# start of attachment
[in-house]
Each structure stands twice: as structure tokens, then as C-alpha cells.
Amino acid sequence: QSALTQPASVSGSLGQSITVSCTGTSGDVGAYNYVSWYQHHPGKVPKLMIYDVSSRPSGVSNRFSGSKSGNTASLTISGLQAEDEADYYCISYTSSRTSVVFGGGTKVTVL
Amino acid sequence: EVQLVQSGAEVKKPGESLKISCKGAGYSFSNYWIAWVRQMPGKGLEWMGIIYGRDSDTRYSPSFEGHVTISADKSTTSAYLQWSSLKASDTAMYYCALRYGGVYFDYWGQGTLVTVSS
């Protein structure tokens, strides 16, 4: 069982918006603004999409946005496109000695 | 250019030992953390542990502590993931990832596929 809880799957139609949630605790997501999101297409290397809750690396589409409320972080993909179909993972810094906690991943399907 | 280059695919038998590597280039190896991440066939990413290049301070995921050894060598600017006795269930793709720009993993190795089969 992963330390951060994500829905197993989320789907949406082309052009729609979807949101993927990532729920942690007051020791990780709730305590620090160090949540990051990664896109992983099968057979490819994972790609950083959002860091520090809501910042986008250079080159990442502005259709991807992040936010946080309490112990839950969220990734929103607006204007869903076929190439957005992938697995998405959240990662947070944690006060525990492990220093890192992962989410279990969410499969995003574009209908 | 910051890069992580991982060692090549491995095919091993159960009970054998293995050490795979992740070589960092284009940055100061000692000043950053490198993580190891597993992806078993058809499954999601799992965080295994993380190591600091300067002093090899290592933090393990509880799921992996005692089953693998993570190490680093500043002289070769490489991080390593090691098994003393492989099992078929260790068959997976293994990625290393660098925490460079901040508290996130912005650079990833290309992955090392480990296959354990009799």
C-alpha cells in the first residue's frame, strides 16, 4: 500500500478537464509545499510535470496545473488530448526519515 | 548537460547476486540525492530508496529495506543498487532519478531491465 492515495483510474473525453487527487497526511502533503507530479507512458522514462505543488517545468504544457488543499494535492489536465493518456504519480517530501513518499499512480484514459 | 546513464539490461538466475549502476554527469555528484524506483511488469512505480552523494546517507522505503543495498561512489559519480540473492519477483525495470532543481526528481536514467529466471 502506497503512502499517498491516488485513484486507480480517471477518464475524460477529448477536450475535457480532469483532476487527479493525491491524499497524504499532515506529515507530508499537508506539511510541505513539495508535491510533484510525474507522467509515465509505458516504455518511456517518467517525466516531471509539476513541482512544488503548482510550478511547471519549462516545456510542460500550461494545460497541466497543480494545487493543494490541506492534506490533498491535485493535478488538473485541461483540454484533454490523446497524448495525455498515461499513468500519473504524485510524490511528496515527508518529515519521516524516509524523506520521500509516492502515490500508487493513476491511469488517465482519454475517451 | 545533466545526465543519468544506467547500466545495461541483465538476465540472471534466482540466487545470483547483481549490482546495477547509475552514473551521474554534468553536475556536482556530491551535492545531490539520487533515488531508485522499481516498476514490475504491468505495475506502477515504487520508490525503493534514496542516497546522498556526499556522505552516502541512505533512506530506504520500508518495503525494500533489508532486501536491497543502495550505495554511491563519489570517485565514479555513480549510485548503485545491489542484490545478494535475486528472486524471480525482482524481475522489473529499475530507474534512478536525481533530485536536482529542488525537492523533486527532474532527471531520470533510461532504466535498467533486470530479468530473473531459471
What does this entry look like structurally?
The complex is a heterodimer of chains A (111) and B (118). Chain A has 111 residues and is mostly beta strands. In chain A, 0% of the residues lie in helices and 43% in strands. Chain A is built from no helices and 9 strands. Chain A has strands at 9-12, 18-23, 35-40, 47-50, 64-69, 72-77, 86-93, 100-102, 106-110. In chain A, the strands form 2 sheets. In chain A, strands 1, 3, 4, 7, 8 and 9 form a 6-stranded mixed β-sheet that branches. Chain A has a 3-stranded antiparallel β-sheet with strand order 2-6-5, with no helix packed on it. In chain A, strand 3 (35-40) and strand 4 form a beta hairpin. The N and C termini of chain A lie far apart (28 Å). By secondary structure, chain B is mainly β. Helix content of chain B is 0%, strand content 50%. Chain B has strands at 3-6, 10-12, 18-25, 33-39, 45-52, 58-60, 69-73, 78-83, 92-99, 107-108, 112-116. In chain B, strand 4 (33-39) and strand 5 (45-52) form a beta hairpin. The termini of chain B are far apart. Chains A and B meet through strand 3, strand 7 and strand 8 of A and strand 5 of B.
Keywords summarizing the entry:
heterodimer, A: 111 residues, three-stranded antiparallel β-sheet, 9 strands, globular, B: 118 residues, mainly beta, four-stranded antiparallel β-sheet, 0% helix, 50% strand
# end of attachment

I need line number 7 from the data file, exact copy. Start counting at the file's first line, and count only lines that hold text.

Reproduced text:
What does this entry look like structurally?